Anish Tuteja, PhD, University of Michigan
We published one manuscript in 2012 based on our support from ACS-PRF, as listed below. A 2nd manuscript is currently in press.
The first manuscript published based on our work was:
“On-demand separation of oil-water mixtures”, Gibum Kwon, Arun K. Kota, Yongxin Li, Ameya Sohani, Joseph M. Mabry, and Anish Tuteja#, Advanced Materials, 2012, 24 (27), 3666-3671. (Impact Factor: 13.877).
Overview of the work:
In this work, we developed the first-ever membrane-based unit operation that allows for the electric field driven, on-demand separation of various oil-water mixtures.
There is an acute need for the development of new solutions to separate oil-water mixtures, especially in the presence of surfactants, as both the production of oil and oil-transport engender a severe environmental risk in sensitive ecosystems. Several recent events, including the Deepwater Horizon oil-spill disaster off the coast of Louisiana and its aftermath, have highlighted this risk. In particular, the merits of the decision to spray 1.1 million gallons of chemical dispersants (or surfactants) after the oil-spill have been widely debated. Allowing the oil to naturally rise up to the ocean surface, rather than dispersing it within the water, would have facilitated easier oil-collection, as conventional gravity separators and skimming techniques are unable to separate surfactant-stabilized oil-water mixtures or emulsions.
In addition to improved oil-spill response, novel technologies for oil-water separation are expected to impact a wide range of other commercial technologies, including waste-water treatment, oil-drilling and extraction, fuel-purification, as well as, the separation of a range of commercially significant emulsions in a variety of industries including food and beverages, petroleum, pharmaceuticals and cosmetics.
Membranes are widely used for emulsion separation. However, traditional membrane-based separation technologies are energy-intensive and further limited by the inability of a single membrane to separate all types of oil-water mixtures such as free oil and water, oil-in-water emulsions, water-in-oil emulsions, or any combination of these phases.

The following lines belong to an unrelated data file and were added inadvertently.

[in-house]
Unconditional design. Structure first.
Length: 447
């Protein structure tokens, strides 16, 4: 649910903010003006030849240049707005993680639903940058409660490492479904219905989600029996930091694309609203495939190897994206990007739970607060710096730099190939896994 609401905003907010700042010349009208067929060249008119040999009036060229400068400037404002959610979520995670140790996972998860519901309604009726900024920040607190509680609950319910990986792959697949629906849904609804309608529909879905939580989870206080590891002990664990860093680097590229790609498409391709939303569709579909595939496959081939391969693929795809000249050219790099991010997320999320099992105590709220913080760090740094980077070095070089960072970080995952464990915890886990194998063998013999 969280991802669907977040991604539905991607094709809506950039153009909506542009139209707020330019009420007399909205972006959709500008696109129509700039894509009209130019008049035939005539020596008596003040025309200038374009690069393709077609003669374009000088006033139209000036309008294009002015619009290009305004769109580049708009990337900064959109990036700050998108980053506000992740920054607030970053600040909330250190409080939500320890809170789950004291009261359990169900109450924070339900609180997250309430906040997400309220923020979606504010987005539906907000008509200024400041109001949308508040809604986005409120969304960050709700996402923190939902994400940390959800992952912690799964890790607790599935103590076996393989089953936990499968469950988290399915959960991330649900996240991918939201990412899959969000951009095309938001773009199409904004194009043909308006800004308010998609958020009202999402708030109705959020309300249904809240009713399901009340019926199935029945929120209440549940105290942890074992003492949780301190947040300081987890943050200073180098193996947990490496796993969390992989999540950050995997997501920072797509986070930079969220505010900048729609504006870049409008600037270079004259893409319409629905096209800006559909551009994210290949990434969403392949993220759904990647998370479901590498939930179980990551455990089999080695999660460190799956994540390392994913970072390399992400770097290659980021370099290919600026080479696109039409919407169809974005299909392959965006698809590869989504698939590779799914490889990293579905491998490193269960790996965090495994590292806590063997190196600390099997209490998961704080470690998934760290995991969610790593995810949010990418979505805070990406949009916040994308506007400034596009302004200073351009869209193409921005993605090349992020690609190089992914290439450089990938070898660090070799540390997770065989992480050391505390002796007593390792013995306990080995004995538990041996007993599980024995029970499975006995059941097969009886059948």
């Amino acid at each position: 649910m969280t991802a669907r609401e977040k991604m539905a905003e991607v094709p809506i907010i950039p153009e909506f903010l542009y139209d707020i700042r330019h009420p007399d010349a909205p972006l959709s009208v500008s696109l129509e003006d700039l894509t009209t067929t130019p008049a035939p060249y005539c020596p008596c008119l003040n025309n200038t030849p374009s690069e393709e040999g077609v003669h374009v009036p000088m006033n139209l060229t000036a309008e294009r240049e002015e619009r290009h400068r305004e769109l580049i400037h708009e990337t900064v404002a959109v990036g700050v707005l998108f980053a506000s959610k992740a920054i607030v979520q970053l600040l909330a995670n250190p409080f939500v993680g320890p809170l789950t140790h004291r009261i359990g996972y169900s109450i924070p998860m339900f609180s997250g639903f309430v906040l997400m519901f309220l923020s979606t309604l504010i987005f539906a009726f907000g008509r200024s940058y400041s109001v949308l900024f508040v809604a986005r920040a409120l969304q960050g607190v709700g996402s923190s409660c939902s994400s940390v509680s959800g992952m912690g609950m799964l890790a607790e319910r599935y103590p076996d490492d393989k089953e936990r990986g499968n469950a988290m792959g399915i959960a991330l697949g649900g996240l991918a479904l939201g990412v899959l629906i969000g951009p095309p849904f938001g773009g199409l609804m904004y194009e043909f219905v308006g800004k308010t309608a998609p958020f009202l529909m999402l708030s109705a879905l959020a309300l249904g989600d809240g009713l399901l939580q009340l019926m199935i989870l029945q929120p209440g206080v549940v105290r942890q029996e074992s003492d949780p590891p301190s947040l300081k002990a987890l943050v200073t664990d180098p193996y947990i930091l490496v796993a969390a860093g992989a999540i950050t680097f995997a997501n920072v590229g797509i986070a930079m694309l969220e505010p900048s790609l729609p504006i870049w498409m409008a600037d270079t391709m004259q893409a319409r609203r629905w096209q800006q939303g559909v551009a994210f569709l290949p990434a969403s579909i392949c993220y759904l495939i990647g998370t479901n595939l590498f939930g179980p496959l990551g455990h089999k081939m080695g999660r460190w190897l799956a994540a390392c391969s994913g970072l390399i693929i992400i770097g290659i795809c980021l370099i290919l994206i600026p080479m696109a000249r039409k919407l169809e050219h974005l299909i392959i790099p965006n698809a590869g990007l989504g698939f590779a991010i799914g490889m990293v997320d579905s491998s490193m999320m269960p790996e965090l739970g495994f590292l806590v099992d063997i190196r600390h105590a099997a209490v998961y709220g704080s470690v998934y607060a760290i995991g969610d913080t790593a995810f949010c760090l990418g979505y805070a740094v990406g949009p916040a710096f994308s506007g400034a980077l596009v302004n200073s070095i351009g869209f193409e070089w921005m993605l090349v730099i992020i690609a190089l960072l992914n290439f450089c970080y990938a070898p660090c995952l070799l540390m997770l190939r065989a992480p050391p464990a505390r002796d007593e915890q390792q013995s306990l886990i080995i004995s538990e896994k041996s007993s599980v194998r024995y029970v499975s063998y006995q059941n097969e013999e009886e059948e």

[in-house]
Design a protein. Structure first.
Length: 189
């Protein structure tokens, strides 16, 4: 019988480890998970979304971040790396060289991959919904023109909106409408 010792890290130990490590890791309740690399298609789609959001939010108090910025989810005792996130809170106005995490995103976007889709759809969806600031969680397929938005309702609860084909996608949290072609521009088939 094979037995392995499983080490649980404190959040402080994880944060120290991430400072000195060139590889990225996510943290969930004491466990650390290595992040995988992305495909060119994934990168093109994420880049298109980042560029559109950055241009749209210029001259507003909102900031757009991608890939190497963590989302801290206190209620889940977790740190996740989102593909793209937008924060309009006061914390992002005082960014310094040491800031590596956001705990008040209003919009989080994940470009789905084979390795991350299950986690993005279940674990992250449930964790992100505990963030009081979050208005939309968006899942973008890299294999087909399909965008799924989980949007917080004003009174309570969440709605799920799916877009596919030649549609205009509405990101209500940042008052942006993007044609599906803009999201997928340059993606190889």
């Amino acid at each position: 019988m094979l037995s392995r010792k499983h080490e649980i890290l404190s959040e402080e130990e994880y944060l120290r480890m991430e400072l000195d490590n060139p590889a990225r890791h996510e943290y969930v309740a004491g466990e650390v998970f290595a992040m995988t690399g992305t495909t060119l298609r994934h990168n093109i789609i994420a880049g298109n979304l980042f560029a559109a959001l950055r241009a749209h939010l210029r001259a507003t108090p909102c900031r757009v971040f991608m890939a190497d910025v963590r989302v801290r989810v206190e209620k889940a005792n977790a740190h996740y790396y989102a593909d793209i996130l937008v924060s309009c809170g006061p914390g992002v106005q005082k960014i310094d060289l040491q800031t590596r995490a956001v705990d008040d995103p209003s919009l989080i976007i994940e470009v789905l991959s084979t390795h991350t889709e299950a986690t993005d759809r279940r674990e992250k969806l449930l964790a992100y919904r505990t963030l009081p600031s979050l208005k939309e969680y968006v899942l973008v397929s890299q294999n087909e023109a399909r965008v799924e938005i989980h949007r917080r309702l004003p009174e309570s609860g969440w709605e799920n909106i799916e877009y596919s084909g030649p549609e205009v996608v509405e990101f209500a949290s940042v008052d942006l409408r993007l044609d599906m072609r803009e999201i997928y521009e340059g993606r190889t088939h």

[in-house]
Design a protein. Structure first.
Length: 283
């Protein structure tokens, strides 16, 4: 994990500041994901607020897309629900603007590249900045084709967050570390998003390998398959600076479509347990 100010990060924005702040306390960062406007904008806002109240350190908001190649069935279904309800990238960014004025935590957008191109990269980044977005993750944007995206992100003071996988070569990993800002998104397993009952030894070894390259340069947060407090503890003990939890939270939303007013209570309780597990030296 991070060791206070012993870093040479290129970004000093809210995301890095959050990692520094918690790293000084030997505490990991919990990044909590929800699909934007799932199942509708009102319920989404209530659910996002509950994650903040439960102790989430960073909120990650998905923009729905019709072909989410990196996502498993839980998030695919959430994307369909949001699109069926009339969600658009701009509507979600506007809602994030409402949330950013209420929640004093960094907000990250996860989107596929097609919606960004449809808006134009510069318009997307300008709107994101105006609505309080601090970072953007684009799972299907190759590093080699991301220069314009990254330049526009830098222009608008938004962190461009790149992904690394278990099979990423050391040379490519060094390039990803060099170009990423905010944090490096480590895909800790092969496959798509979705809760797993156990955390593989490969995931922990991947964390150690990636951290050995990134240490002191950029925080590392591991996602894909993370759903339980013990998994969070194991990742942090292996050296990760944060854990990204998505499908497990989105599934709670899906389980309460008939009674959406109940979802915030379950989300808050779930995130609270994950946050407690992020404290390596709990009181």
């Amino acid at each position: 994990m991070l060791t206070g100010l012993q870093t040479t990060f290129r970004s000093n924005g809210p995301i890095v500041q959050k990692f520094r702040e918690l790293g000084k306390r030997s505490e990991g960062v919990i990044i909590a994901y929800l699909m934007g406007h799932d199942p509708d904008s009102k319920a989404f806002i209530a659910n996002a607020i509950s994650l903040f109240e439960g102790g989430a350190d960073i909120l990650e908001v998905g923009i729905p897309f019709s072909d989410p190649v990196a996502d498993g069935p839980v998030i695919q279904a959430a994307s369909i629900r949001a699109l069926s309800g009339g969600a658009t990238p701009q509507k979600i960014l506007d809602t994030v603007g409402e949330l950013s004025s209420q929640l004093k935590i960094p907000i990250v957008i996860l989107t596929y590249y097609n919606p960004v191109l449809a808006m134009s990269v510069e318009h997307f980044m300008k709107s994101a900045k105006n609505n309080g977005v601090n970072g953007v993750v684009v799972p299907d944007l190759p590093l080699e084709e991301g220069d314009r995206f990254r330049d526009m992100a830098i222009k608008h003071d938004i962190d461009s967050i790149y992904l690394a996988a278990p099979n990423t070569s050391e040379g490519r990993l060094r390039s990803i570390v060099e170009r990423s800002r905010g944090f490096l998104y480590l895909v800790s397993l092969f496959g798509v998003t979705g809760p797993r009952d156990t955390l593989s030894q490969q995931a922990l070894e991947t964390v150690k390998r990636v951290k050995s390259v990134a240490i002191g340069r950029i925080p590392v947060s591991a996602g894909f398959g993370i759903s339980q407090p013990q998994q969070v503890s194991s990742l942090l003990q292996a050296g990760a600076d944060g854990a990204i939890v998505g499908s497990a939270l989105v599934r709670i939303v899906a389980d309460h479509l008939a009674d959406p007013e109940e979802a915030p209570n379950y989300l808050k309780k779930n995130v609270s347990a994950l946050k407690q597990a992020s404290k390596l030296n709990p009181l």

When a liquid contacts a textured substrate, it can assume either the Cassie-Baxter state or the Wenzel state. In the Cassie-Baxter state, air is trapped between the liquid and the solid forming a composite (liquid-air-solid) interface. In the Wenzel state, liquid fills all the cavities present on a textured surface leading to a fully-wetted surface. Recent Electrowetting on a Dielectric (EWOD) experiments on textured substrates reveal that polar liquids can transition from the Cassie-Baxter state to the Wenzel state in response to an applied electric field. However, non-polar liquids on textured substrates do not undergo such a transition. In this work, we utilized this preferential wettability transition on oleophobic (or superoleophobic) membranes, to develop a single unit operation that, for the first time, enables the on-demand separation of free oil and water, oil-in-water emulsions and water-in-oil emulsions, with ≥ 99.9% separation efficiency. The ease of scalability of the developed apparatus allows us to separate relatively large volumes of oil-water emulsions(> 1 Gallon). We also engineered the first-ever continuous oil-water emulsion separation apparatus that can be triggered on-demand. This separation apparatus has a separation efficiency ≥ 99.9% and removes at least 99% of the emulsified droplets.